When they are born, stars form a large disc of gas and dust that surrounds them. These discs get blown away by strong stellar winds (i.e. powerful ejections of cosmic radiation) produced by the star during its mature stages. And as a star ages into senior citizen and its power fades, those discs come back.
That’s neat, sure, but studying these dusty discs could help us understand how planetary systems around stars form out of these massive collections of material. The problem is that we’ve never really been able to study discs of older stars, so we’ve never been able to compare their shape and composition to those orbiting younger stars.
That is, until now. An international team of astronomers has just snapped up the best image of an aging star’s dusty disc, and they’ve determined that the dusty discs of old stars are actually similar to the ones of young.
The findings are all thanks to the Very Large Telescope Interferometer at the European Southern Observatory’s Paranal Observatory in Chile. According to lead researcher Hans Van Winckel from the Instituut voor Sterrenkunde in Leuven, Belgium, the full-powered VLT, armed with the PIONIER instrument and a newly upgraded RAPID detector, can measure objects with the combined light of the four different ESO telescopes. “This allowed us to obtain very detailed information with a very high spatial resolution,” Van Winckel tells Inverse.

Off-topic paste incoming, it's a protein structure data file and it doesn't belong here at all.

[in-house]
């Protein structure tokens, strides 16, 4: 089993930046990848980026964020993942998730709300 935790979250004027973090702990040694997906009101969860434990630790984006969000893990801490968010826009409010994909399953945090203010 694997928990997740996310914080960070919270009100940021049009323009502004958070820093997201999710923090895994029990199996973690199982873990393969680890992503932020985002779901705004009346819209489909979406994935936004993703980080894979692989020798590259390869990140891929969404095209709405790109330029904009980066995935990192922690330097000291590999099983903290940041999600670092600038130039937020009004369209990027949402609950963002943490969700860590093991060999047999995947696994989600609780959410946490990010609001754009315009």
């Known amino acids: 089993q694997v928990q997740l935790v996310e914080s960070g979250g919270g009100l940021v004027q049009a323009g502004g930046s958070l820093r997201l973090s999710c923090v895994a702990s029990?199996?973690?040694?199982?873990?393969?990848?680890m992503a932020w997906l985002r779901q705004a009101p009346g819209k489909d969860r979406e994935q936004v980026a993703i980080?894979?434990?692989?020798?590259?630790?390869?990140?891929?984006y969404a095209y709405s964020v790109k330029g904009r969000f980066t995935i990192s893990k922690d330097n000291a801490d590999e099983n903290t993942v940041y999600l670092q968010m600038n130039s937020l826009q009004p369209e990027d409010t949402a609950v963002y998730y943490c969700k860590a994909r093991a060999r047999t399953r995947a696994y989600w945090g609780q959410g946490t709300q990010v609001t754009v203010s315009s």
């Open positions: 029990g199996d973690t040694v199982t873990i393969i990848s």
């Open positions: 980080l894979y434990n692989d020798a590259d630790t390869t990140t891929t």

What exactly was the team looking at? An old double star named IRAS 08544-4431, about 4,000 light-years from Earth, consisting of a red giant and a younger normal star orbiting close by.
“We could dissect all important building blocks of this object,” says Van Wickel. “The central very-luminous star; its companion; and the circumbinary dust — the inner rim of which is the ring you see.” The structure of the old disc “is indeed very similar to the model of discs around young stellar objects.”
Van Winckel explains that the discs are thought to be a pivotal role in the evolution of stars and their systems. They found that those infant discs must be stable enough to allow the star to maintain bigger objects, like planets around its orbit. But more importantly, those discs around old stars could shed light on how successor star systems might form afterward.
Secondary planet formation might be possible, but it’s not yet clear if there’s enough time for the discs to create something before the old star dies and a new one is born. But “there are many uncertainties so the last word is certainly not yet said,” says Van Winckel.
The researchers plan to follow up on the findings first by revisiting IRAS 08544-4431 with the VLT again, once the object moves into a different phase of its orbit, and investigate the interaction between the central binary and the circumbinary disc. After that, they expect to see if they can observe the dusty disc orbiting other old stars in the universe.